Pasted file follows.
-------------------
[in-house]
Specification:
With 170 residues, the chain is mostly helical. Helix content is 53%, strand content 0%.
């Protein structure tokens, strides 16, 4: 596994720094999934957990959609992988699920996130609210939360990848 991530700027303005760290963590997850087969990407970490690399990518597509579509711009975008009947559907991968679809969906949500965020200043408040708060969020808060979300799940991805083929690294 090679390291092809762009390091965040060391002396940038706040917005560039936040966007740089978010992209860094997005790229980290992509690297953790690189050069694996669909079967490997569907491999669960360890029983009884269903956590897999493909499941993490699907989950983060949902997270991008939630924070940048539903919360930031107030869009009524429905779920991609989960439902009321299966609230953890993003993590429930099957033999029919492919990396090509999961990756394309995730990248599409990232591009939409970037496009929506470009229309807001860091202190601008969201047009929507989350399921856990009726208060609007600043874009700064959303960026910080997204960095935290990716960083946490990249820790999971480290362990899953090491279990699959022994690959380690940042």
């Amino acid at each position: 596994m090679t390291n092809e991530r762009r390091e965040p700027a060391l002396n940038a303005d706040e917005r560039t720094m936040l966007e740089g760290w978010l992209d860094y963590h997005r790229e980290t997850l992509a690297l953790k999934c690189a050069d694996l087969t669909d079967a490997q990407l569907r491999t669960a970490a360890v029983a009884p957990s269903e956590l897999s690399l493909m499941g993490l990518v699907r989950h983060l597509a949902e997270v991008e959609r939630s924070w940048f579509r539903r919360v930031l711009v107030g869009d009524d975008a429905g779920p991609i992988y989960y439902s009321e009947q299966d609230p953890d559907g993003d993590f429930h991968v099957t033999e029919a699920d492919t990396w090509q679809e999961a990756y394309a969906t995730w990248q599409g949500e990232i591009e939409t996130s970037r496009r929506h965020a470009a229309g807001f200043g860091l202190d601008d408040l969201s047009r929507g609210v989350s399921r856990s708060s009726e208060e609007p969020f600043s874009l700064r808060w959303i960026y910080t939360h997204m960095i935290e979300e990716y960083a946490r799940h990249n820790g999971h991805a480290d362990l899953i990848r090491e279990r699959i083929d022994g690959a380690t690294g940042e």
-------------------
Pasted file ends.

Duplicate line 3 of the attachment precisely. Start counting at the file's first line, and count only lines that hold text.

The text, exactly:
With 170 residues, the chain is mostly helical. Helix content is 53%, strand content 0%.